The Proposal attempts to more effectively tailor compliance program and reporting and metric collection requirements for certain banking entities based on their size and the nature of their activities in order to reduce burdens and uncertainty for smaller institutions, and would focus compliance program requirements on banking entities with the most significant and complex trading activities. The Proposal includes three categories:
- Banking entities with significant trading assets and liabilities. Banking entities with significant trading assets and liabilities would be subject to the six-pillar compliance program requirement,15 the metrics reporting requirements, the underwriting and market-making compliance program requirements, the covered fund documentation requirements, and the CEO attestation requirement.
- Banking entities with moderate trading assets and liabilities. Banking entities with moderate trading assets and liabilities would be required to establish a simplified compliance program and comply with the CEO attestation requirement.
- Banking entities with limited trading assets and liabilities. Banking entities with limited trading assets and liabilities would be presumed to be in compliance with the Volcker Rule. These banking entities would not be required to establish a special Volcker Rule compliance program unless the appropriate Agency, based upon a review of the banking entity’s activities, determines that the banking entity must establish a simplified compliance program.
- Simplification of reporting and recordkeeping requirements
The Proposal recommends certain amendments to Appendix A of the Final Rule to reduce compliance-related inefficiencies.
Material in this work is for general educational purposes only, and should not be construed as legal advice or legal opinion on any specific facts or circumstances. For legal advice, please consult your personal lawyer or other appropriate professional.
Mark Nuccio is a partner in Ropes & Gray’s investment management practice in Boston, Massachusetts, and leads the firm’s bank regulatory practice. He is the firm’s expert on the Volcker Rule and advises a wide range of banking entities and their counterparties around the world with respect to the rule’s proprietary trading, fund sponsorship and investment limitations on their activities.
Gideon Blatt is an associate in Ropes & Gray’s corporate department in the Boston office and practices primarily in the firm’s hedge funds and investment management practice groups. He represents registered and unregistered investment companies and investment advisers in regulatory, transactional and compliance matters, including fund formation, ongoing governance and operational issues and derivatives and trading arrangements.
For more information, please visit www.ropesgray.com.
2 Section 13 of the BHC Act was added by section 619 of the Dodd-Frank Wall Street Reform and Consumer Protection Act (“Dodd-Frank Act”). Pub. L. No. 111-203; see Dodd-Frank Act § 619; 12 U.S.C. 1851.
3 Available at https://www.federalreserve.gov/newsevents/pressreleases/files/bcreg20180530a1.pdf; see also Federal Reserve Staff Memo to the Board of Governors (May 25, 2018), available athttps://www.federalreserve.gov/aboutthefed/boardmeetings/files/board-memo-20180530.pdf.
4 The Final Rule, consistent with section 13 of the BHC Act, defines the term “banking entity” to include (i) any insured depository institution; (ii) any company that controls an insured depository institution; (iii) any company that is treated as a bank holding company for purposes of section 8 of the International Banking Act of 1978; and (iv) any affiliate or subsidiary of any entity described in clauses (i), (ii), or (iii).
5 The “short-term intent prong” includes any account used by a banking entity to purchase or sell one or more financial instruments principally for the purpose of (a) short-term resale, (b) benefitting from short-term price movements, (c) realizing short-term arbitrage profits, or (d) hedging any of the foregoing. The Final Rule included a rebuttable presumption that the purchase or sale of a financial instrument is for the trading account if the banking entity holds the instrument for fewer than 60 days or substantially transfers the risk of the position within 60 days (the 60-day rebuttable presumption). See § __.3(b)(2) of the Final Rule.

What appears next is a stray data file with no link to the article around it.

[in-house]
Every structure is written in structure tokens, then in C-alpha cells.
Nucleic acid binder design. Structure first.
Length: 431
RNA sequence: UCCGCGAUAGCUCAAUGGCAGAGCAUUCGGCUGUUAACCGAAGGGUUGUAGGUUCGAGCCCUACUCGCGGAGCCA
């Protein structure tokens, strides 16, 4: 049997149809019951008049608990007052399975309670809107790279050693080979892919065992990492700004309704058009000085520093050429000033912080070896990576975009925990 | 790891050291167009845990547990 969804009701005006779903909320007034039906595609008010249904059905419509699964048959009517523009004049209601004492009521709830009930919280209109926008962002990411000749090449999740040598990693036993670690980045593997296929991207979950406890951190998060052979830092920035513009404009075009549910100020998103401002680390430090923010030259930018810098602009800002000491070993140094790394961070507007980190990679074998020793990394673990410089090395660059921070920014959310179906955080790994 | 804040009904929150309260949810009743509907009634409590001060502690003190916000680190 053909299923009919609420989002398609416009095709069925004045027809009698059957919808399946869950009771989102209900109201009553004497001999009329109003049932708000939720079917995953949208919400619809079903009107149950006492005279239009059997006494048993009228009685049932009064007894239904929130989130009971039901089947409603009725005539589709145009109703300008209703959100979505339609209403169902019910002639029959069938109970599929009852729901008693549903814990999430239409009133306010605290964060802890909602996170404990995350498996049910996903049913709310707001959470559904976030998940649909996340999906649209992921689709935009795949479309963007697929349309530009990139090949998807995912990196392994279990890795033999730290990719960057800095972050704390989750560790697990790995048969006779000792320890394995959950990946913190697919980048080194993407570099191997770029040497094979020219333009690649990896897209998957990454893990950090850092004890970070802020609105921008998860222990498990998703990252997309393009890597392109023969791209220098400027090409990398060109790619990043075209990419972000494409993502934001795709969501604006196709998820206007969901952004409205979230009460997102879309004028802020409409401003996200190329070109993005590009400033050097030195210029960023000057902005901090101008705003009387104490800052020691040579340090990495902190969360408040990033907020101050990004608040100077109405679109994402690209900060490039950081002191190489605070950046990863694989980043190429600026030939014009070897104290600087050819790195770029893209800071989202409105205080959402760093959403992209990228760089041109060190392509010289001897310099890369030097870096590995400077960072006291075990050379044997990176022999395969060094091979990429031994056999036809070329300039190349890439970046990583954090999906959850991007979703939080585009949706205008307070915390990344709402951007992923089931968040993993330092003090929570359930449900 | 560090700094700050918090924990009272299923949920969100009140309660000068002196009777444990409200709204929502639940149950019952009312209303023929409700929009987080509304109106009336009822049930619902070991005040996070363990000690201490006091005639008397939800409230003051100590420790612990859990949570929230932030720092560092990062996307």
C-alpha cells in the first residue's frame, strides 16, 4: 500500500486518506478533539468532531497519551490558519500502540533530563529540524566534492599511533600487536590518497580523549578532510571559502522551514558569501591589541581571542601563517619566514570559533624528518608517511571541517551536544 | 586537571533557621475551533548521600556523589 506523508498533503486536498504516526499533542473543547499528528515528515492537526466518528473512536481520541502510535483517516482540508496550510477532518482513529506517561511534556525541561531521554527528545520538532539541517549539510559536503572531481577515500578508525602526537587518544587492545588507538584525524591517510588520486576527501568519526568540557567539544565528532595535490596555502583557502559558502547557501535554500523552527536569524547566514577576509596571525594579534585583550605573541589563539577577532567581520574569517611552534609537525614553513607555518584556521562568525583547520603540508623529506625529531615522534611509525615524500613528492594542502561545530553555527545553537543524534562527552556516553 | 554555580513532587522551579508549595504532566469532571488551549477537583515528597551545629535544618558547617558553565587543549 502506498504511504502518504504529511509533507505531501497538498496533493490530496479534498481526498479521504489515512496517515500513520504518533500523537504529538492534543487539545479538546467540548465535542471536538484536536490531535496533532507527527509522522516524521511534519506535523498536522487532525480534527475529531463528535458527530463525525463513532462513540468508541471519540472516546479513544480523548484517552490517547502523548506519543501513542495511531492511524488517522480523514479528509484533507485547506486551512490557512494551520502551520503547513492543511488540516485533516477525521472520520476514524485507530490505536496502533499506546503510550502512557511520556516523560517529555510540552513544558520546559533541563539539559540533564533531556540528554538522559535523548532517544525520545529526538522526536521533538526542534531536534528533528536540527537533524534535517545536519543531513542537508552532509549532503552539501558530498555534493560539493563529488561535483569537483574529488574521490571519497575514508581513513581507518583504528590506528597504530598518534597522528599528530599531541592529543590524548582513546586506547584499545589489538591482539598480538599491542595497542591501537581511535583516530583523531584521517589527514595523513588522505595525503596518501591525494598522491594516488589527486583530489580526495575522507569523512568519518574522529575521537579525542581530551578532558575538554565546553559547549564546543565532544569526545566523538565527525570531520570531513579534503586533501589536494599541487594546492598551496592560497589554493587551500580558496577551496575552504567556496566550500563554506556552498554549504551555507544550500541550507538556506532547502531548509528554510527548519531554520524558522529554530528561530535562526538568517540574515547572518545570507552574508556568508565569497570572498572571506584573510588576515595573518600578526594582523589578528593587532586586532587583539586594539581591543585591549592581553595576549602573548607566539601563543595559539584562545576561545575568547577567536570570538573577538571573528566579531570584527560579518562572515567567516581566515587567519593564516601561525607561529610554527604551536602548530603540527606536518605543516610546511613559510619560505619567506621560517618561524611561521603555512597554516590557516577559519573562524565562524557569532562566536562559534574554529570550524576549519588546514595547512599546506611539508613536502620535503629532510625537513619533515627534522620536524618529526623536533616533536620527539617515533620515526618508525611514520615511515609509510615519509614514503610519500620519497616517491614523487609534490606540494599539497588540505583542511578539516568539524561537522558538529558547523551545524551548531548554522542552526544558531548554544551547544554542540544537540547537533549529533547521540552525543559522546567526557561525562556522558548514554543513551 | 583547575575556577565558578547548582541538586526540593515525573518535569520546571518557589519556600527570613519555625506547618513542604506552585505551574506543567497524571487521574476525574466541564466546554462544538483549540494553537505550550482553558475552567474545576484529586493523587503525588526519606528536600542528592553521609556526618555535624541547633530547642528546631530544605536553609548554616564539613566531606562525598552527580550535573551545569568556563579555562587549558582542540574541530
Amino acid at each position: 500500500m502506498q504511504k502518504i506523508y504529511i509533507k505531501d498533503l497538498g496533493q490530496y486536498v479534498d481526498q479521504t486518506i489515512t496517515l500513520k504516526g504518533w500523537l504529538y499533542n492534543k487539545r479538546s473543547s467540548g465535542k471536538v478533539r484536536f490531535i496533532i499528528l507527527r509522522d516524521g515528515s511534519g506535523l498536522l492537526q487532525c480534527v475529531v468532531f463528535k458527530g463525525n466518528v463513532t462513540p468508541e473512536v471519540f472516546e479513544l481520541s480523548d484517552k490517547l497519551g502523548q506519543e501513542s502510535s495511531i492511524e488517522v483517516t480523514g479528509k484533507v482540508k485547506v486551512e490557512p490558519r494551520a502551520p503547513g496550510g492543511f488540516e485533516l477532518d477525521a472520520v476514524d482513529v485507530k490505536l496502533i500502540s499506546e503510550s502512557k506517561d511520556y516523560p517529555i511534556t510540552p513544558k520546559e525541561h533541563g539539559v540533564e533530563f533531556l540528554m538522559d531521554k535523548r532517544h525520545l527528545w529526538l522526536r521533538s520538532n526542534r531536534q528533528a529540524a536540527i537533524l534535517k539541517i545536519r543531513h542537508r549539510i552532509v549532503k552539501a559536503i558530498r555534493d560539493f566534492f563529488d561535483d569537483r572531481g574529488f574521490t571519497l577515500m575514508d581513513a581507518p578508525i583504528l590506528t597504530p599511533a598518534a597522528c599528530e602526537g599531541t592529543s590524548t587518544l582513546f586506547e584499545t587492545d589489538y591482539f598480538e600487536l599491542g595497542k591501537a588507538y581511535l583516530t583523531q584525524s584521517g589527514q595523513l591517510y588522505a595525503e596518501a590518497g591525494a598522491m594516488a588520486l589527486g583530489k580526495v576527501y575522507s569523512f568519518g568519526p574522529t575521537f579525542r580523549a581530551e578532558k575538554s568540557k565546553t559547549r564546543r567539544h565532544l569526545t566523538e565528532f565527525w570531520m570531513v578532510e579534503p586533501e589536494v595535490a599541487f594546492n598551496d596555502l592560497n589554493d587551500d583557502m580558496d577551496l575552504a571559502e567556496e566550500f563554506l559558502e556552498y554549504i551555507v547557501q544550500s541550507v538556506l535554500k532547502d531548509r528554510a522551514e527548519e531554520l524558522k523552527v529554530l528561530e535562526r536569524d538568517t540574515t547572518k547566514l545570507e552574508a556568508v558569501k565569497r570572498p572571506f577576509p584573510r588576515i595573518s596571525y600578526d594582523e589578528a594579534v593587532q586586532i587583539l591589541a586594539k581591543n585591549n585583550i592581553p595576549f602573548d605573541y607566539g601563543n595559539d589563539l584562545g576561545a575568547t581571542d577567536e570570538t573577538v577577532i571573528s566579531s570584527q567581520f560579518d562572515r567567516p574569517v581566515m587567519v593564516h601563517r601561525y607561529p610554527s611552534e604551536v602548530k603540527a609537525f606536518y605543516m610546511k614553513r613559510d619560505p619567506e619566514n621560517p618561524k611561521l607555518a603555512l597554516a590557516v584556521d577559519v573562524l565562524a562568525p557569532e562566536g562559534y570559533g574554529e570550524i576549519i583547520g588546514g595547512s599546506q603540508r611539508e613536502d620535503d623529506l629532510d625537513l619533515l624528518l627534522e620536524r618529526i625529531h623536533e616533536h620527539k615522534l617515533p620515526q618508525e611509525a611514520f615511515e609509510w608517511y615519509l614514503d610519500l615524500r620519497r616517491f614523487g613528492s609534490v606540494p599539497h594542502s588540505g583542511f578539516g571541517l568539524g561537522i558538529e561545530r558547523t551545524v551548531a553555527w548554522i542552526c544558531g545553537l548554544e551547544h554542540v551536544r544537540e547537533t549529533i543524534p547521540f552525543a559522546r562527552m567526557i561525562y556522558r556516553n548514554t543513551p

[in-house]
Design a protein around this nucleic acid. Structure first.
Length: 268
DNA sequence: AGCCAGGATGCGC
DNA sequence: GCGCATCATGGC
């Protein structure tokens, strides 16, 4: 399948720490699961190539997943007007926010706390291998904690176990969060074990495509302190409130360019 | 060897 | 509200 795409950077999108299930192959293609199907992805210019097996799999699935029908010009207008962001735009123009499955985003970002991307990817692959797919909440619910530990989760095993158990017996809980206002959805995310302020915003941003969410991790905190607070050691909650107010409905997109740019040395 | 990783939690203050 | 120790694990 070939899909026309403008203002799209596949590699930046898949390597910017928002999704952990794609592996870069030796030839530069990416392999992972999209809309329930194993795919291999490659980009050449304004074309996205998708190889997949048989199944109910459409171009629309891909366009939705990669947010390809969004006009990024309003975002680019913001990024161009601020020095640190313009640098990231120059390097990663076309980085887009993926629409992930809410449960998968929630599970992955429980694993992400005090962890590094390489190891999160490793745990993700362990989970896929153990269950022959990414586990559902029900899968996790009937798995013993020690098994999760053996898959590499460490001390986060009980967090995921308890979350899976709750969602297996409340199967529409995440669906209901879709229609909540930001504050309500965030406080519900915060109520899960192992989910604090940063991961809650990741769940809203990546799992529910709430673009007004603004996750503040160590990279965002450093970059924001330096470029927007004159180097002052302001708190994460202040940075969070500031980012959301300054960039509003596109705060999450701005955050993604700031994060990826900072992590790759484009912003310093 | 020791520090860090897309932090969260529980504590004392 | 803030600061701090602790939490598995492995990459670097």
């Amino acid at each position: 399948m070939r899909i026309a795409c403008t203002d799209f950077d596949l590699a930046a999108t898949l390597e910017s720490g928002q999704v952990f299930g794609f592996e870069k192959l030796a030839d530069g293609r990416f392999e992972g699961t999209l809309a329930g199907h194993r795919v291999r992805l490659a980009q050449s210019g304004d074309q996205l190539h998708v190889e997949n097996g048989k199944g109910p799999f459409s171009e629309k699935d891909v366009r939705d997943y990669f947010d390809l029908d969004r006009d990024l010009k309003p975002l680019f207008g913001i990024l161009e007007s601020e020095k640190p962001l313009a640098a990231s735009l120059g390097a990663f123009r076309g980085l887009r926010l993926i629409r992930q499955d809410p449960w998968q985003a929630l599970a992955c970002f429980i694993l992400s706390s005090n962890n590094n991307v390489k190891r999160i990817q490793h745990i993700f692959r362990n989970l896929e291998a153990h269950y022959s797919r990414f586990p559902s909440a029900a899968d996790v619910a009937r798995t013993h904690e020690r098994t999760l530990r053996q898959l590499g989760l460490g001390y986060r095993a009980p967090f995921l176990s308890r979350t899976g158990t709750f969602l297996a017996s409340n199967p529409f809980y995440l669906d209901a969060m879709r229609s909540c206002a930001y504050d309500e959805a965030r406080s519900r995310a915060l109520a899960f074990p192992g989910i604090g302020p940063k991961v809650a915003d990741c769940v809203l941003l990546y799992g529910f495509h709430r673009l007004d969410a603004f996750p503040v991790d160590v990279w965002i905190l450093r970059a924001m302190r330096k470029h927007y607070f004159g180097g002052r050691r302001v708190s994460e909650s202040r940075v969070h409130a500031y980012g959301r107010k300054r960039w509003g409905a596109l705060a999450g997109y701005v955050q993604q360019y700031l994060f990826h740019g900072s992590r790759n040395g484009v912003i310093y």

6 The market risk capital prong would be modified to include an account used by a foreign banking entity to purchase or sell one or more financial instruments, if the foreign banking entity is subject to a market risk capital framework imposed by its home country supervisor.
7 Sections 3(c)(1) and 3(c)(7) of the Investment Company Act, in relevant part, provide exclusions from the definition of “investment company” for (1) any issuer whose outstanding securities are beneficially owned by not more than one hundred persons and that is not making and does not presently propose to make a public offering of its securities (other than short-term paper) (Section 3(c)(1)); or (2) any issuer, the outstanding securities of which are owned exclusively by persons who, at the time of acquisition of such securities, are “qualified purchasers” as defined by section 2(a)(51) of the Investment Company Act, and that is not making and does not at that time propose to make a public offering of such securities (Section 3(c)(7)). See 15 U.S.C. 80a-3(c)(1) and (c)(7).
8 See Form PF, Glossary of Terms. Form PF uses a characteristics-based approach to define different types of private funds. A “private fund” for purposes of Form PF is any issuer that would be an investment company, as defined in section 3 of the Investment Company Act, but for section 3(c)(1) or 3(c)(7) of that Act. Form PF defines the following types of private funds: hedge funds, private equity funds, liquidity funds, real estate funds, securitized asset funds, venture capital funds, and other private funds.
9 12 U.S.C. 371c.
10 12 U.S.C. 371c(d); see also 12 CFR 233.41-233.43.
11 See FAQ #13, “SOTUS Covered Fund Exemption: Marketing Restriction.”
12 Foreign excluded funds are certain foreign funds that are excluded from the definition of “covered fund” under the Final Rule with respect to a foreign banking entity.
8 The Final Rule specifically excludes covered funds from the definition of banking entity.
8 See FAQ #5, “Foreign Public Fund Seeding Vehicles,” available at the public websites of the Agencies; FAQ #14, “How does the Final Rule apply to a foreign public fund sponsored by a banking entity?” available at the public websites of the Agencies.
15 Like the Final Rule, the Proposal would provide that a six-pillar compliance program must include written policies and procedures, internal controls, a management framework, independent testing and audit, training for relevant personnel, and recordkeeping requirements.